PROVIDENCE, R.I. >> “You people have nothing to celebrate,” Jinder Mahal shouted into a microphone Tuesday night at the Dunkin’ Donuts Center. The current World Wrestling Entertainment champion was dressed in a black turban and a gray suit with his giant belt slung over his shoulder. He twisted his face into a deep, angry grimace, and continued, “But for my people, today marks Independence Day of the greatest nation on earth: the great nation of India!”
Thousands of fans leapt out of their seats, stuck their thumbs down and roared their disapproval. “SmackDown Live” — one of WWE’s weekly live-televised events had just begun, and Jinder Mahal (real name Yuvraj Singh Dhesi) was using an elaborate celebration of his culture to fire up the crowd. The wrestling ring was decorated with a lush rug; a Bhangra dance team made its way down the entrance ramp; a woman in a purple salwar kameez sang the Indian national anthem.
Dhesi, the first WWE champion of Indian descent, is a heel (wrestling speak for a villain), so it is his job to turn crowds into booing, angry mobs. As part of his persona, he exhorts the crowd with statements of cultural confrontation: that Americans are too clueless to realize that greatness comes from immigrants (and therefore, himself). The heated rhetoric often sounds like it would be at home on a cable news panel rather than a wrestling ring. And on Sunday, it will arrive on one of WWE’s biggest stages: SummerSlam, one of the sports-entertainment company’s core pay-per-view events, where Jinder Mahal will fight a rising star named Shinsuke Nakamura.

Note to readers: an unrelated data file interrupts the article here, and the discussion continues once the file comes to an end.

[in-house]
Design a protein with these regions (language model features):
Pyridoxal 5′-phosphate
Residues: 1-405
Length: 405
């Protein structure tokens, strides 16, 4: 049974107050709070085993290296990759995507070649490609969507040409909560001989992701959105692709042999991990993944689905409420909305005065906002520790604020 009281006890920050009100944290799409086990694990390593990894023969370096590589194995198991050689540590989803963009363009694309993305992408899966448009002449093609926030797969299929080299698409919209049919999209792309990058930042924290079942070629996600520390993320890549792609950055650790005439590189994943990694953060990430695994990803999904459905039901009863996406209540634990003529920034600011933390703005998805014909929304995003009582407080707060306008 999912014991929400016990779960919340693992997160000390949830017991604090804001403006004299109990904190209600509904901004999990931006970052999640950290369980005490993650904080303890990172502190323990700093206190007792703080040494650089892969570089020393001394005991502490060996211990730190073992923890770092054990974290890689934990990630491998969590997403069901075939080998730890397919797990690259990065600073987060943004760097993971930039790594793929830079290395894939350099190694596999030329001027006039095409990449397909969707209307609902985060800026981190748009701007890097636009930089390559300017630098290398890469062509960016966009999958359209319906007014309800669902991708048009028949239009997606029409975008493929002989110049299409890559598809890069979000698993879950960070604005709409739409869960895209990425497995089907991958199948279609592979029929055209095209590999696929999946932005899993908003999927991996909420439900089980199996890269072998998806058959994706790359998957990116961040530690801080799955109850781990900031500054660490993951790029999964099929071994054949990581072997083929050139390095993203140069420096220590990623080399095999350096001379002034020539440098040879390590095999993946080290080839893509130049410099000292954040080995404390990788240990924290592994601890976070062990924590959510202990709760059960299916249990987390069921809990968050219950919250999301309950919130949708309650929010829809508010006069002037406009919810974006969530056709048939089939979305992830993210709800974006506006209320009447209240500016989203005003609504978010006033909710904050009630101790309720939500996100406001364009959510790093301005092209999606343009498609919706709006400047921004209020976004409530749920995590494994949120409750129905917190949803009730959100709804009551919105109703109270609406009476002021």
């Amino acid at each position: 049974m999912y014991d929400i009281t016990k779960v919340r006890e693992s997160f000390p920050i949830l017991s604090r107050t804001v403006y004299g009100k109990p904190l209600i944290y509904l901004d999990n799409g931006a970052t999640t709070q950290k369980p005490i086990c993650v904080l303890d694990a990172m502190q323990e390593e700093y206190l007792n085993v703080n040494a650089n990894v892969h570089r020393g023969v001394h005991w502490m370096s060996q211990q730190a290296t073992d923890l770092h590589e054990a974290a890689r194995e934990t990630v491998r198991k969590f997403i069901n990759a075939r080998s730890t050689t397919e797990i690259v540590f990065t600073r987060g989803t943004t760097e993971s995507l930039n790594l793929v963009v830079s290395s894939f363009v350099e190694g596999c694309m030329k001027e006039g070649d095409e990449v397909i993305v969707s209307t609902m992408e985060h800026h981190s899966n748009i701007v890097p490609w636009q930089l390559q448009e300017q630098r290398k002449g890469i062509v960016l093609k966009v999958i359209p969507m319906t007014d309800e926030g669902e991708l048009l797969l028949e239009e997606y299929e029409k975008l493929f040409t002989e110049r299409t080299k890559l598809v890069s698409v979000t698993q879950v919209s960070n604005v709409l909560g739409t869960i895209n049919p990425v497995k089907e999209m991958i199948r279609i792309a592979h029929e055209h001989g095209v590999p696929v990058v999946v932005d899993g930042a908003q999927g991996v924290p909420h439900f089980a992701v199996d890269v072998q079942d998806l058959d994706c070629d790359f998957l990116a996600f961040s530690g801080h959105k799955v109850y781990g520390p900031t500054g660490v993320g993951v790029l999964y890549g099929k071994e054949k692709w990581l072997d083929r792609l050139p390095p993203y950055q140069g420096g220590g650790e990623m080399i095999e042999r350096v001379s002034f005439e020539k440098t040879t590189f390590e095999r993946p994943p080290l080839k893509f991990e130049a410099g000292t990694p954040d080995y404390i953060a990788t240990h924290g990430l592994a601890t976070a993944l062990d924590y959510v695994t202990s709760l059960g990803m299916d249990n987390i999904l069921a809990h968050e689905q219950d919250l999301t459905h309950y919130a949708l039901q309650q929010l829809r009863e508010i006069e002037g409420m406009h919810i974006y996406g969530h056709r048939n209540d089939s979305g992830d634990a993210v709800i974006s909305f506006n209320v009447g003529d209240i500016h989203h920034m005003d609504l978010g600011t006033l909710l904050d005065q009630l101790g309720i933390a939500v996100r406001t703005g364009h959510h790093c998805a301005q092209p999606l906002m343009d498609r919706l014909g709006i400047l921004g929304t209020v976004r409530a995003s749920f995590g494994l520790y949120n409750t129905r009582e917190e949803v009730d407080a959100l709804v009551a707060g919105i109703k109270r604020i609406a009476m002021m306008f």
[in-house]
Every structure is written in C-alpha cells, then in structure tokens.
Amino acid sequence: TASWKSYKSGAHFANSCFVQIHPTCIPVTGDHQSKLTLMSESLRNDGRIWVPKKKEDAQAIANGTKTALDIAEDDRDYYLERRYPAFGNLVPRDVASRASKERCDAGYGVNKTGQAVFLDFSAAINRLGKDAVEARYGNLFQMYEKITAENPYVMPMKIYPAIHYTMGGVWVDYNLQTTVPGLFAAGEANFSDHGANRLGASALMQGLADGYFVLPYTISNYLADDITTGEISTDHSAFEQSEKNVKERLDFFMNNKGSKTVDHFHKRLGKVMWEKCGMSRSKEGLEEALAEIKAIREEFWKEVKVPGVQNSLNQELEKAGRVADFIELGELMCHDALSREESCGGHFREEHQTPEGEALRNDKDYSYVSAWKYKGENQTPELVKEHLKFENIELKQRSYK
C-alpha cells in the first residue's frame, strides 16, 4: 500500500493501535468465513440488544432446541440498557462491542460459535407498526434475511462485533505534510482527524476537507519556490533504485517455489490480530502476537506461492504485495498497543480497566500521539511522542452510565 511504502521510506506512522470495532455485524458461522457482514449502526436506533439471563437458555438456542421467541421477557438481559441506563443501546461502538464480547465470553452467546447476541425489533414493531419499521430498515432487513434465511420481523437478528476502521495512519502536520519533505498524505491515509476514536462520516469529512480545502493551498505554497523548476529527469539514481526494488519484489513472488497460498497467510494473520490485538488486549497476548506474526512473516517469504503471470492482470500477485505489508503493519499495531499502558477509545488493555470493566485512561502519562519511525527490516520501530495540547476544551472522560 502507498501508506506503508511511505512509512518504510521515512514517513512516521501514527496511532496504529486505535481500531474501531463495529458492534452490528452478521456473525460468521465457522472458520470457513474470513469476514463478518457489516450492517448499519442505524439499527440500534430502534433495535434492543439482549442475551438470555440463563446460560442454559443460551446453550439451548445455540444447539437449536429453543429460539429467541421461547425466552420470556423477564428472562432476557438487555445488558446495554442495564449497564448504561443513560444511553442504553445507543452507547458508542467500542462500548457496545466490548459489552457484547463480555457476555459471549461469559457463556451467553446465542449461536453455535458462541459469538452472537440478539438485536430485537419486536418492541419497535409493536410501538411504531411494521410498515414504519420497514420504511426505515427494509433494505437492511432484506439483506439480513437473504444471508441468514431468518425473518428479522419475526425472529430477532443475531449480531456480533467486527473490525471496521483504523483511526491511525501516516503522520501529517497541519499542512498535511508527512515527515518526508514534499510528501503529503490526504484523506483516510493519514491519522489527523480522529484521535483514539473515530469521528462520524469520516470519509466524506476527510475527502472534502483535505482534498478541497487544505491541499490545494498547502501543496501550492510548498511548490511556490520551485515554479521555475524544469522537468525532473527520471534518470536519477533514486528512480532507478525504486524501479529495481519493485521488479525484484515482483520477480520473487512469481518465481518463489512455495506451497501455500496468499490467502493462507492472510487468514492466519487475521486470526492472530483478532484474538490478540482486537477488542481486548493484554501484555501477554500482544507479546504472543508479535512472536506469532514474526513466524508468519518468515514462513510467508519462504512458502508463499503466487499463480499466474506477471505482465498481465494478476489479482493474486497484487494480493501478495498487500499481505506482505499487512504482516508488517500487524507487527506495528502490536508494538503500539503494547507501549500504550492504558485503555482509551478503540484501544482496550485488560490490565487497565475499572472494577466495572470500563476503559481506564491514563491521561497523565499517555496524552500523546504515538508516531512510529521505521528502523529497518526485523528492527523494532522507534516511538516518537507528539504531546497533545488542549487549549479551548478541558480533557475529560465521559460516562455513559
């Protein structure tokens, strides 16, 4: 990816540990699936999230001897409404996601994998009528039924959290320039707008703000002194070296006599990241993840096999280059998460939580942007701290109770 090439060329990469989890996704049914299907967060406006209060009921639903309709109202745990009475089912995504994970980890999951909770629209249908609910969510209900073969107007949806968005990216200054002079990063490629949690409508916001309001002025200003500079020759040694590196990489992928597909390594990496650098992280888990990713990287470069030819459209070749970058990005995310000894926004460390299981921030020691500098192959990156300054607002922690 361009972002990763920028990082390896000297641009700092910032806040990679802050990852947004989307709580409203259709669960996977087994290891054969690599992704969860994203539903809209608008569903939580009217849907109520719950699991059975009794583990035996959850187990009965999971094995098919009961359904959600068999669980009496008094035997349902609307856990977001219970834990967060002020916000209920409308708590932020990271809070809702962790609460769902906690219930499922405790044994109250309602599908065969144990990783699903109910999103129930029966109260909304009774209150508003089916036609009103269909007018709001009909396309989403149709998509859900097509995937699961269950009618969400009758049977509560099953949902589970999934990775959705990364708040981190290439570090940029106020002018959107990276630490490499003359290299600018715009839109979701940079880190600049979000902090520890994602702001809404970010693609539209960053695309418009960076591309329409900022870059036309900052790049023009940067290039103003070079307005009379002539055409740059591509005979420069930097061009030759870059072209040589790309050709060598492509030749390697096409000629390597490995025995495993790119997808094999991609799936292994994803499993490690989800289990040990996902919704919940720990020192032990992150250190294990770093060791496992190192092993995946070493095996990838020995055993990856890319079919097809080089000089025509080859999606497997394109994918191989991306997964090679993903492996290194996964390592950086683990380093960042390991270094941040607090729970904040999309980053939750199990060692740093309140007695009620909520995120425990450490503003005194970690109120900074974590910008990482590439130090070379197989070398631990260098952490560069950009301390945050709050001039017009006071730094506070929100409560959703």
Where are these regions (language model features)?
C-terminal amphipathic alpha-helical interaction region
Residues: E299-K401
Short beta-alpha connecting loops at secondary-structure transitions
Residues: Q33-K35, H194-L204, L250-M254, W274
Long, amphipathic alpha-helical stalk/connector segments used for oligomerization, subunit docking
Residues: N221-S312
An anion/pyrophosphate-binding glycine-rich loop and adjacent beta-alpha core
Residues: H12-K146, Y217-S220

WWE performers have long relied on patriotism and “us vs. them” narratives. In the 1980s, a tag team featuring the Iron Sheik and Nikolai Volkoff waved the flags of Iran and the USSR; in the 1990s, Sgt. Slaughter, a onetime patriot, switched his sympathies to Iraq. Recently, Miroslav Barnyashev, a Bulgarian athlete who competes under the name Rusev, wrestled John Cena in a “flag match”; the Stars and Stripes prevailed. But Dhesi has been elevated by the company at very specific moment. One of the pillars of President Donald Trump’s campaign platform was to cut down on unauthorized immigration, and his charged language often linked immigration with crime, spurring protests all over the country. This month, Trump unveiled a proposal to cut legal immigration in half.
Both Dhesi and WWE executives deny that his storyline was politically motivated or designed to send subtle messages, even as the company has made a large investment in becoming a global product. The WWE is looking to expand into India, a country where sports entertainment is already popular, with a potential audience of 1.3 billion people. Its programming is available now in 180 countries and in 650 million homes, according to a spokesman. It is a publicly traded company and has attracted many big name sponsors, including Snickers and Mattel.